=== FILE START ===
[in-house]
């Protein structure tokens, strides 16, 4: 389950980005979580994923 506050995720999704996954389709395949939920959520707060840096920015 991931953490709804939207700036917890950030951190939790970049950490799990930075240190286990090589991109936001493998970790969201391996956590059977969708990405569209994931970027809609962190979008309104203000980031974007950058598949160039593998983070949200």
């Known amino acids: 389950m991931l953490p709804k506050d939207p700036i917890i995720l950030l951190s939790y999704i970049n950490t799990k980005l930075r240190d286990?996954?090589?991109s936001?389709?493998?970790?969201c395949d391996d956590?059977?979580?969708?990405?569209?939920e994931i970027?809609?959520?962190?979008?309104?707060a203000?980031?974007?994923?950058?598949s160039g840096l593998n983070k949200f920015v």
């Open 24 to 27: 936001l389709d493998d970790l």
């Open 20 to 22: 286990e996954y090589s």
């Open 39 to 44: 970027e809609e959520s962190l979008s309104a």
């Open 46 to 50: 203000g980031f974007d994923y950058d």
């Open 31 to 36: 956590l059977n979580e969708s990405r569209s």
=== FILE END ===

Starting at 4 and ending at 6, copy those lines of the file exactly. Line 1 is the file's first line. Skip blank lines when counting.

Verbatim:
């Open 24 to 27: 936001l389709d493998d970790l």
């Open 20 to 22: 286990e996954y090589s």
């Open 39 to 44: 970027e809609e959520s962190l979008s309104a």